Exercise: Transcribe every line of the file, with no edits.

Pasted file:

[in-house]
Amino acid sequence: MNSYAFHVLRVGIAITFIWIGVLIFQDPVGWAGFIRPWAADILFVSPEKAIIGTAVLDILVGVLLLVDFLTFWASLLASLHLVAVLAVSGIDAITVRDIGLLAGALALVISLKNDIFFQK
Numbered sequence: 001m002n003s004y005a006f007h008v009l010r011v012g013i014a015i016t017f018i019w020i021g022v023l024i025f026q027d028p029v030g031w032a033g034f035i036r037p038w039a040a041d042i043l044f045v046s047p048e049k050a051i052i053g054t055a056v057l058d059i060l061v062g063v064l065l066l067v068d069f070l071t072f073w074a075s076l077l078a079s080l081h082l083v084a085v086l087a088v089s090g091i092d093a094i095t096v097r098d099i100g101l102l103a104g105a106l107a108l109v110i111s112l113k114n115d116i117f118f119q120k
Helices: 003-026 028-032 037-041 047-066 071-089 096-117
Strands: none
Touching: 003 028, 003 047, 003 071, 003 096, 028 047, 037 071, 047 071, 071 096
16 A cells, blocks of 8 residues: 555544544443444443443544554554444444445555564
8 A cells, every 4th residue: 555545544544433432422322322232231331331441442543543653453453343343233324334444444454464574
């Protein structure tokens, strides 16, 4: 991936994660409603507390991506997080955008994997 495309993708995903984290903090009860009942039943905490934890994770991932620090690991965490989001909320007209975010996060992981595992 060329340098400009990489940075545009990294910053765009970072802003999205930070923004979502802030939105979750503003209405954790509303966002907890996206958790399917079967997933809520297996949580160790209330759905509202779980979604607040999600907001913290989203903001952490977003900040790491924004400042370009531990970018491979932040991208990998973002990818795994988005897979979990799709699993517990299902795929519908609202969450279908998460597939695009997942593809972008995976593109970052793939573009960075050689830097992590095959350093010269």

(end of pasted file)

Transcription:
[in-house]
Amino acid sequence: MNSYAFHVLRVGIAITFIWIGVLIFQDPVGWAGFIRPWAADILFVSPEKAIIGTAVLDILVGVLLLVDFLTFWASLLASLHLVAVLAVSGIDAITVRDIGLLAGALALVISLKNDIFFQK
Numbered sequence: 001m002n003s004y005a006f007h008v009l010r011v012g013i014a015i016t017f018i019w020i021g022v023l024i025f026q027d028p029v030g031w032a033g034f035i036r037p038w039a040a041d042i043l044f045v046s047p048e049k050a051i052i053g054t055a056v057l058d059i060l061v062g063v064l065l066l067v068d069f070l071t072f073w074a075s076l077l078a079s080l081h082l083v084a085v086l087a088v089s090g091i092d093a094i095t096v097r098d099i100g101l102l103a104g105a106l107a108l109v110i111s112l113k114n115d116i117f118f119q120k
Helices: 003-026 028-032 037-041 047-066 071-089 096-117
Strands: none
Touching: 003 028, 003 047, 003 071, 003 096, 028 047, 037 071, 047 071, 071 096
16 A cells, blocks of 8 residues: 555544544443444443443544554554444444445555564
8 A cells, every 4th residue: 555545544544433432422322322232231331331441442543543653453453343343233324334444444454464574
């Protein structure tokens, strides 16, 4: 991936994660409603507390991506997080955008994997 495309993708995903984290903090009860009942039943905490934890994770991932620090690991965490989001909320007209975010996060992981595992 060329340098400009990489940075545009990294910053765009970072802003999205930070923004979502802030939105979750503003209405954790509303966002907890996206958790399917079967997933809520297996949580160790209330759905509202779980979604607040999600907001913290989203903001952490977003900040790491924004400042370009531990970018491979932040991208990998973002990818795994988005897979979990799709699993517990299902795929519908609202969450279908998460597939695009997942593809972008995976593109970052793939573009960075050689830097992590095959350093010269």